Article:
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Of course, I am only interested in instances where the combination of the two strategies ultimately lead to higher profits than if the monopolistic firm had used only one.

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Here's an easy example: movie theaters.

If you view theater pricing models as a two-part tariff (ticket + snacks) then any time there's a "seniors discount" or something like it, this would fit your strategy. It's a simple exercise to determine the conditions for profitability of such a campaign, but the fact that they've been around forever suggests that on net, they are.

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  • $\begingroup$ I usually don't buy popcorn when watching a movie, but I guess that if we apply the idea to an entrance fee and a cost per ride, at the same time having price discrimination for the elderly, then this model works. I have two questions though. First, would we discriminate for the elderly both in the entrance fee AND in the per ride fee? Or is that type of discrimination called something else? Second, you said that it is a simple exercise to determine the conditions for profitability, but I am lost. Can you help me get started? $\endgroup$ – Yejin Oct 21 at 14:50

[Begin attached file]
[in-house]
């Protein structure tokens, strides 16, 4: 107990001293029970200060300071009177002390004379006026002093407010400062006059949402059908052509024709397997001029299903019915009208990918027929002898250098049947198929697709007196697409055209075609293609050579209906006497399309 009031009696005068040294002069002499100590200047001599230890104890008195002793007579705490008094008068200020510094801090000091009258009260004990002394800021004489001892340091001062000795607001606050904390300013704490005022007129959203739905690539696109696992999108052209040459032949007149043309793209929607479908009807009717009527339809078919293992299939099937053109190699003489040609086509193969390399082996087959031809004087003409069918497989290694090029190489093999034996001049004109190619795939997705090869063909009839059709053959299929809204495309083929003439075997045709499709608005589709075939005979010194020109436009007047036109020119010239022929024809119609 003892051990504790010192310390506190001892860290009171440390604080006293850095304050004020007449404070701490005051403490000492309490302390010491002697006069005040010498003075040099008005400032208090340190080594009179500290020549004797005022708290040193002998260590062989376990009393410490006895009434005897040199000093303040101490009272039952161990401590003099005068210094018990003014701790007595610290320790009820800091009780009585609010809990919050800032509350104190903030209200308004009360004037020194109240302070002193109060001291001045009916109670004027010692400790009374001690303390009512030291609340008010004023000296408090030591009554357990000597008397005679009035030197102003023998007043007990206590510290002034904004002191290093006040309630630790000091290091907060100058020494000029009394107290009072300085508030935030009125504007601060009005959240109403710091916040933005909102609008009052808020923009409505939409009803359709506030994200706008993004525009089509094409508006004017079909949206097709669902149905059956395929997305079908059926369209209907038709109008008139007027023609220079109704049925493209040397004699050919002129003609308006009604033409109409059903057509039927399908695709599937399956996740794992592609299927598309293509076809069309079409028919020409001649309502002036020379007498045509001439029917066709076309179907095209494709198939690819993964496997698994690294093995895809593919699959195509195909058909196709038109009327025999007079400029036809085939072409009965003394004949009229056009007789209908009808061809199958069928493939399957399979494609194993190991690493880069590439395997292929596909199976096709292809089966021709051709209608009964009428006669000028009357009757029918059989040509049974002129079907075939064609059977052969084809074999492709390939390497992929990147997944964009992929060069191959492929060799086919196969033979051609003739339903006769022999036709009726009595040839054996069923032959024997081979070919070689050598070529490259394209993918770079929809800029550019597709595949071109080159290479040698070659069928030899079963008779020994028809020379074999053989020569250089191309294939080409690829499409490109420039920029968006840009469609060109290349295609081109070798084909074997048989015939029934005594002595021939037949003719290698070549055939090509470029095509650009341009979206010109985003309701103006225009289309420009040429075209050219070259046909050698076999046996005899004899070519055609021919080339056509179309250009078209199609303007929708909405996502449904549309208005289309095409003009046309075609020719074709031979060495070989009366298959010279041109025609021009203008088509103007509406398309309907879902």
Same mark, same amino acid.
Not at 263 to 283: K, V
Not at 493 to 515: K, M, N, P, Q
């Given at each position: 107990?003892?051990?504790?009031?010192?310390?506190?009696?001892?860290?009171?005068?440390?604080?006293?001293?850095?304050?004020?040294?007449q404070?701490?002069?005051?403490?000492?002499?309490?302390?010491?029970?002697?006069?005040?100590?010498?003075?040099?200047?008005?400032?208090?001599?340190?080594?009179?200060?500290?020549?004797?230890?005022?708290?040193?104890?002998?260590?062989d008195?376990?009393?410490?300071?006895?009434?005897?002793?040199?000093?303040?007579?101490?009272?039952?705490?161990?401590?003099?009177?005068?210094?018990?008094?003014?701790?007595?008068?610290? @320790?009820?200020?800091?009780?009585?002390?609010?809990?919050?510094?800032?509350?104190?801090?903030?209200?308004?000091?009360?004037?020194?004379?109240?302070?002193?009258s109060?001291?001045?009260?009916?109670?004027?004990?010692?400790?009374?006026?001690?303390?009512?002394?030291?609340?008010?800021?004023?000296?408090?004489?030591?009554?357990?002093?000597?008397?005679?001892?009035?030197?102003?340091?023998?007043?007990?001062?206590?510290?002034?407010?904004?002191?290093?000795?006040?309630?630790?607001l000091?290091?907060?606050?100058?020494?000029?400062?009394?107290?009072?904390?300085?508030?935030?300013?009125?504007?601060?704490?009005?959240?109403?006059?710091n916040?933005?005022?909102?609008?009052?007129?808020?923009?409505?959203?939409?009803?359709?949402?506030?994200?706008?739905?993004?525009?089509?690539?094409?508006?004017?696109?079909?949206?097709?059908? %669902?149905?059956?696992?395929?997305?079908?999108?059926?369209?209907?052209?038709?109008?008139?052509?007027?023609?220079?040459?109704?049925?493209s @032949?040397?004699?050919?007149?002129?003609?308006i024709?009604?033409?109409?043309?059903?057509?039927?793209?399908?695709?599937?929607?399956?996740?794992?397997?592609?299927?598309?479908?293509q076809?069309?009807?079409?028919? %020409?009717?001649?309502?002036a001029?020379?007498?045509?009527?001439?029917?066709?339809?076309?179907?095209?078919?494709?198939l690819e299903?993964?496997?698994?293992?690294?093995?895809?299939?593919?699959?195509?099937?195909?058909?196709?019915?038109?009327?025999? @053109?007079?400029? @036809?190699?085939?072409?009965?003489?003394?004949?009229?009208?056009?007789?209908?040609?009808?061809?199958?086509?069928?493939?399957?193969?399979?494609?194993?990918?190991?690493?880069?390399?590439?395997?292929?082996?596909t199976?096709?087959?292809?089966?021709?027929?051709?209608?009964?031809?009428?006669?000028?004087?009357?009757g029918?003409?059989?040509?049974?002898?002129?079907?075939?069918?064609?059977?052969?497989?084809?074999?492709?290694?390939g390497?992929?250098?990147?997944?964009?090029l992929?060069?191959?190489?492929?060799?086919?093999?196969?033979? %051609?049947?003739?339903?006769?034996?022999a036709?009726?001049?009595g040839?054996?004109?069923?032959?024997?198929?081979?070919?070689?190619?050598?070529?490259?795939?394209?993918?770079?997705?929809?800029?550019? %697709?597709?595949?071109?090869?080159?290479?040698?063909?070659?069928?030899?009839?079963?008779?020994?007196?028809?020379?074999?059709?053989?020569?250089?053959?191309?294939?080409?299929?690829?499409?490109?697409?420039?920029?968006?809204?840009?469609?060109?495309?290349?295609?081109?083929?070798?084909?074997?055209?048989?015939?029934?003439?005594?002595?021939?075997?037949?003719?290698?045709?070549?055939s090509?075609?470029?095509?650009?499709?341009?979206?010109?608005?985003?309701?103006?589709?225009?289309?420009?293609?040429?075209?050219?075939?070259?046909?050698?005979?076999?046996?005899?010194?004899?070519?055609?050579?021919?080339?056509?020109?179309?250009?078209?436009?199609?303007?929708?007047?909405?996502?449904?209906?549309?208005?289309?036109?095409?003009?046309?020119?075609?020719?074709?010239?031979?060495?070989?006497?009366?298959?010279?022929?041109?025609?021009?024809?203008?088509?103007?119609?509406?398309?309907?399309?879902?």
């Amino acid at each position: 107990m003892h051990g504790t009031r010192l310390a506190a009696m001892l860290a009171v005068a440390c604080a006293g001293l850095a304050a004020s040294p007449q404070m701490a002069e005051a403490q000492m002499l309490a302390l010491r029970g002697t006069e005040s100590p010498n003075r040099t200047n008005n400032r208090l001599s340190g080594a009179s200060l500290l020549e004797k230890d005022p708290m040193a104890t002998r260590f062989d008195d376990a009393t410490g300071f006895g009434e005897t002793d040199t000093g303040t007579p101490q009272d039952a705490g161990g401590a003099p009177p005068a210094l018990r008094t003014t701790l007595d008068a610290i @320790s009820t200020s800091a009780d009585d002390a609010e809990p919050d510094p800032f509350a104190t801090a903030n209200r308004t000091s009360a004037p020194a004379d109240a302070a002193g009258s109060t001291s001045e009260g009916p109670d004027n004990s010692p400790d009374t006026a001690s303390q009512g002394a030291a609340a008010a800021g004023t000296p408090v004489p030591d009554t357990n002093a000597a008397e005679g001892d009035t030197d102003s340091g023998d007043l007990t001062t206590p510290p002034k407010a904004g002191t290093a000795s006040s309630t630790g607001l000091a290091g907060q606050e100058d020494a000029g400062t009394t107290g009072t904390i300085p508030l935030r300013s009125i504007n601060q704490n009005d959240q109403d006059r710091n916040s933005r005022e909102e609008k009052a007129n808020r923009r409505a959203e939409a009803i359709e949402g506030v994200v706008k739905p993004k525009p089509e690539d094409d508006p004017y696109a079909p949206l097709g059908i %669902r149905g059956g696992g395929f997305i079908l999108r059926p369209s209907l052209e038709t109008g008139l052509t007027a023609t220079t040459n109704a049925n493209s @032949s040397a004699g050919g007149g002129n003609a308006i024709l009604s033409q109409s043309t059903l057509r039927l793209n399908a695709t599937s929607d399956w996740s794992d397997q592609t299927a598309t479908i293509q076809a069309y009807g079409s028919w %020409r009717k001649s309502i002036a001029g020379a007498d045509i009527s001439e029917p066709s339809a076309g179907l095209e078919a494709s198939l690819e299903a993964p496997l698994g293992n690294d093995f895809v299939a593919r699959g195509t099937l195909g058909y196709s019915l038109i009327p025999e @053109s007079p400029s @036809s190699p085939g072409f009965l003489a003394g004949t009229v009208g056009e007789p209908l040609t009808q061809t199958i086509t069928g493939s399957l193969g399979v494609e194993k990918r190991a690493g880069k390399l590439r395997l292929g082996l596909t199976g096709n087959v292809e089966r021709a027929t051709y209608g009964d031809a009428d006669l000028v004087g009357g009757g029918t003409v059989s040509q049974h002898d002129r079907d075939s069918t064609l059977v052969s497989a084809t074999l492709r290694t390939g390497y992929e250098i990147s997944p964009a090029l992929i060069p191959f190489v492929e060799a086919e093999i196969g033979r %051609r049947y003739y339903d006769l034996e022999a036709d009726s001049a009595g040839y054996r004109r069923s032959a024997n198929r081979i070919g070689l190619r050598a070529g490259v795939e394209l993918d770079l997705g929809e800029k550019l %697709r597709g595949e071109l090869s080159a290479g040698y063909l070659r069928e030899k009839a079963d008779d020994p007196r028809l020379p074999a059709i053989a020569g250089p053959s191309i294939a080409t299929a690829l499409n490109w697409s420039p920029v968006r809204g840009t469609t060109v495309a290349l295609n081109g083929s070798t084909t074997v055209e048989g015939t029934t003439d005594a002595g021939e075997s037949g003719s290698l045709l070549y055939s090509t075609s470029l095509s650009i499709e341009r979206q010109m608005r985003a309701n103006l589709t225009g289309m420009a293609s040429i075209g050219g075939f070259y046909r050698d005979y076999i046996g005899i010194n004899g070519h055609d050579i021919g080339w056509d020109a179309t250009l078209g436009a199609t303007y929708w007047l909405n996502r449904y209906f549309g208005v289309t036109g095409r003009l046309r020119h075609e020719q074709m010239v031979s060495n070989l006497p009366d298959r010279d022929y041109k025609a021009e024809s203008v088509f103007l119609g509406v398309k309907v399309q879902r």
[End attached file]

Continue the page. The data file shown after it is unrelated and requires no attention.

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    $\begingroup$ Well, you can always pay to get into Disneyland and then ride no rides. $\endgroup$ – heh Oct 21 at 15:05
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    $\begingroup$ To your first question, it's not required. Given your question, all we need is a two-part tariff and some form of consumer class-based price discrimination. This would be present whether the class-based discrimination was on the entry fee, the per-use fee, or both. $\endgroup$ – heh Oct 21 at 15:06
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    $\begingroup$ Second question: that might be difficult for me to do here. What level are you coming at this concept from? Are you just seeing price discrimination for the first time? $\endgroup$ – heh Oct 21 at 15:07
  • $\begingroup$ I didn't take that many undergrad econ courses (didn't take IO), but I did take graduate micro with MWG last semester. $\endgroup$ – Yejin Oct 22 at 0:31

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